It's Better To Be Ordinary

If you’re a creative person, you might hope that you’re extraordinary.  You might even believe it already.  But it’s actually not a good idea to think of yourself that way.

An extraordinary person doesn’t have to do anything to be amazing.  Because they are extraordinary, anything they do would be extraordinary by definition.  So an extraordinary person doesn’t have to work or try.

If you think of yourself as extraordinary you’re probably not doing what you need in order to achieve your goals.  You may not be critically examining your work.  When you fail and end up looking ordinary, it’s so devastating because there doesn’t seem to be any explanation for it.

When I’m performing with people, I find that if I try to be extraordinary, every one of my failures is devastating.  On the other hand, when I think of myself as ordinary, every one of my failures is normal and I can recover.  And the other musicians, and the audience, connect better with me when I think of myself as ordinary, too!

That shouldn’t surprise us.  We think of celebrities as extraordinary people.  But the fact is that the ones we really love appear rather ordinary.

The people who pretend to be amazing, the ones with an attitude, don’t particularly impress us.  The ones we tend to worship come across as fairly ordinary.  Think about it.

We feel like we know Oprah, like we could be friends with Bruce Springsteen, like Barak Obama would be happy to listen to us if we met him on the street.  We’re drawn to these people because they seem so ordinary, yet they do amazing things.  They look ordinary on purpose, because they know that coming across as extraordinary separates them from their audience, while appearing ordinary bonds them to their fans.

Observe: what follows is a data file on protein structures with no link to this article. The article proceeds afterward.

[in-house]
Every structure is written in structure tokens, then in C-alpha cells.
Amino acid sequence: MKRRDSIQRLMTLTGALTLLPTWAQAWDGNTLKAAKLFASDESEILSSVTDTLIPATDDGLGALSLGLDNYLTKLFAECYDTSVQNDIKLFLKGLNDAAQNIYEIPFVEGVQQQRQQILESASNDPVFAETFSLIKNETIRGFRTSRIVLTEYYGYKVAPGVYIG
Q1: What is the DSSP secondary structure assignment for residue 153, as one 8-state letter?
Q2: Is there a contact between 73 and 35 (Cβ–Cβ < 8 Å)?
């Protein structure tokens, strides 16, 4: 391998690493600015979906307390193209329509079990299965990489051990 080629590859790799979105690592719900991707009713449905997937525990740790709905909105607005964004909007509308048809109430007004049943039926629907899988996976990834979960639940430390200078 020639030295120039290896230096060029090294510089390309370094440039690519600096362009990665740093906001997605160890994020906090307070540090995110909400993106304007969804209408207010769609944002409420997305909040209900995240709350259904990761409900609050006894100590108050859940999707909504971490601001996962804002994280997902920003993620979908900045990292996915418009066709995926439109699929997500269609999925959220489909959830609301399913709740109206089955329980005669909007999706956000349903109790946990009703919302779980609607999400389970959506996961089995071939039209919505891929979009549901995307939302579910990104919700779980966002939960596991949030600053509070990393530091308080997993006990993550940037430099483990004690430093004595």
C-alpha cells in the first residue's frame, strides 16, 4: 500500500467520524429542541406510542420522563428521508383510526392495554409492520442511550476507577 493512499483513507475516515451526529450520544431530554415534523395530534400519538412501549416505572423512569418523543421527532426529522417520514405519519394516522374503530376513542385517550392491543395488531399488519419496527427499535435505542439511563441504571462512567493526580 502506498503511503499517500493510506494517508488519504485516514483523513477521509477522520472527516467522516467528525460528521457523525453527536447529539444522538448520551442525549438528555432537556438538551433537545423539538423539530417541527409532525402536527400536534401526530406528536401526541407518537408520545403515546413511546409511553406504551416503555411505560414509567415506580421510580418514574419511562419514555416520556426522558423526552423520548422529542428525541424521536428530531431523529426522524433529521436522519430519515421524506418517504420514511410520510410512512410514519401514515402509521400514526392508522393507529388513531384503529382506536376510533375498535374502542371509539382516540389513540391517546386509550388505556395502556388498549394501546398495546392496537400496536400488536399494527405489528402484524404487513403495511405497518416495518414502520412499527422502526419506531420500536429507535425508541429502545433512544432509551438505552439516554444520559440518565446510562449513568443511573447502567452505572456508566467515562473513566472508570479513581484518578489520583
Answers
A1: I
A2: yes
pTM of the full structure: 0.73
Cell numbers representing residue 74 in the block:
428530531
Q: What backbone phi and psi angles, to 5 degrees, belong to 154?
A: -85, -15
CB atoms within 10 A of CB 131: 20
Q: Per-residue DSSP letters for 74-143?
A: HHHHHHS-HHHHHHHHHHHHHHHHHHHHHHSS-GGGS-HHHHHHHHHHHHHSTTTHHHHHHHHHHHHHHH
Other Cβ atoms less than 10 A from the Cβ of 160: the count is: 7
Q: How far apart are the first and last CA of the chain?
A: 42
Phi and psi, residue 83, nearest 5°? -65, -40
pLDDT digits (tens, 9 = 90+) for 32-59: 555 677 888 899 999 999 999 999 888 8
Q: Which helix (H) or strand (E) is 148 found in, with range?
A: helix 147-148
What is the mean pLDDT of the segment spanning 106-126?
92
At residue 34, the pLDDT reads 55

Even people like British royalty are brought down to ordinary status by tabloids.  Their everyday, ordinary squabbles are laid bare.  And people eat it up.

If you’d argue that ultimately, we’re all extraordinary, I could see your point.  Each of us is unique and marvelous.  Even the most boring person you can think of has worlds inside of them.

Therefore, being extraordinary is actually pretty ordinary anyway.

Are you extraordinary?  Is there a difference between doing something extraordinary and being extraordinary?  What do you think?

***News from a Jazz Musician Who Writes Books

This week I put out a new album, and I was featured in a podcast interview!

You may remember Bitter Green as the album I created in 3 weeks for the 2019 RPM Challenge.  I’ve finally put it out on Apple Music and other streaming sources.  Links:  Apple Music:
CD Baby:

The interview is all about publishing your own work.  Elizabeth Dunne of “Freelancer and Other Words That Start with F” talks with me for an hour about the pros and cons of being a pro (or a con!)  We had a lot of fun, and you’ll find it fun to listen to.  Link:

As always, I’d love your comments on the blog, the album or the interview!  And please, share out to your friends!

Adam Cole is a Jazz Musician Who Writes Books. Fantasy author, music educator and performer, Adam chats weekly on the subject of listening, creativity and living your best life. To get a free book on marketing tips for passing out fliers, getting on your own radio show, and writing a blog people will read, please go to and subscribe.

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